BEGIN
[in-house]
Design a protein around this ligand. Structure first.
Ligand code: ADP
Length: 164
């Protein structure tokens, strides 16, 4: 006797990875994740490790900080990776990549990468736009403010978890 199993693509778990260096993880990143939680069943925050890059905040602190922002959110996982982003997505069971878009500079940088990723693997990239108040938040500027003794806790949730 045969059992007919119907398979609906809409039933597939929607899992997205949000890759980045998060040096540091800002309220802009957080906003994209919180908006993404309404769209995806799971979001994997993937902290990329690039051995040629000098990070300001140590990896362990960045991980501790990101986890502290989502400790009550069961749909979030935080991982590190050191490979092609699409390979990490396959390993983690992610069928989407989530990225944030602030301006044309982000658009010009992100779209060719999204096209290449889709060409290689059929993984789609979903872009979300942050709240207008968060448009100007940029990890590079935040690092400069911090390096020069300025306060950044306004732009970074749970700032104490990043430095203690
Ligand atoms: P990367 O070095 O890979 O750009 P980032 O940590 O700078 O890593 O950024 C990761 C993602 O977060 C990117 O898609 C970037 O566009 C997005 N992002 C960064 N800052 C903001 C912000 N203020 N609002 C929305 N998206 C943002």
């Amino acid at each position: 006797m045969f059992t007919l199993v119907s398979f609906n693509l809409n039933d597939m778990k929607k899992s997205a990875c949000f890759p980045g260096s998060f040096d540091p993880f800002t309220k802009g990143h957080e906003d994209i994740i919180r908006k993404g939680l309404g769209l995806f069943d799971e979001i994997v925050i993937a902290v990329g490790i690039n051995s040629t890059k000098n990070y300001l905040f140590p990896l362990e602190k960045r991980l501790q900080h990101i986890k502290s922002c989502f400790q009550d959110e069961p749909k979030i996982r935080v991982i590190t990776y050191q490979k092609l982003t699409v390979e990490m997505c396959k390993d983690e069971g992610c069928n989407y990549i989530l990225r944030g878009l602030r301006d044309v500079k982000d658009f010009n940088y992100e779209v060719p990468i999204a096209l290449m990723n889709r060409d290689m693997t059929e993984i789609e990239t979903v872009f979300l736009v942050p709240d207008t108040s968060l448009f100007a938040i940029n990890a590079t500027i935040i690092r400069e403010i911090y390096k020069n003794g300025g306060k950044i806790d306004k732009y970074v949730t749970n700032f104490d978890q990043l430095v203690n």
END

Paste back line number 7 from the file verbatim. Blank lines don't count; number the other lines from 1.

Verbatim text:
């Amino acid at each position: 006797m045969f059992t007919l199993v119907s398979f609906n693509l809409n039933d597939m778990k929607k899992s997205a990875c949000f890759p980045g260096s998060f040096d540091p993880f800002t309220k802009g990143h957080e906003d994209i994740i919180r908006k993404g939680l309404g769209l995806f069943d799971e979001i994997v925050i993937a902290v990329g490790i690039n051995s040629t890059k000098n990070y300001l905040f140590p990896l362990e602190k960045r991980l501790q900080h990101i986890k502290s922002c989502f400790q009550d959110e069961p749909k979030i996982r935080v991982i590190t990776y050191q490979k092609l982003t699409v390979e990490m997505c396959k390993d983690e069971g992610c069928n989407y990549i989530l990225r944030g878009l602030r301006d044309v500079k982000d658009f010009n940088y992100e779209v060719p990468i999204a096209l290449m990723n889709r060409d290689m693997t059929e993984i789609e990239t979903v872009f979300l736009v942050p709240d207008t108040s968060l448009f100007a938040i940029n990890a590079t500027i935040i690092r400069e403010i911090y390096k020069n003794g300025g306060k950044i806790d306004k732009y970074v949730t749970n700032f104490d978890q990043l430095v203690n």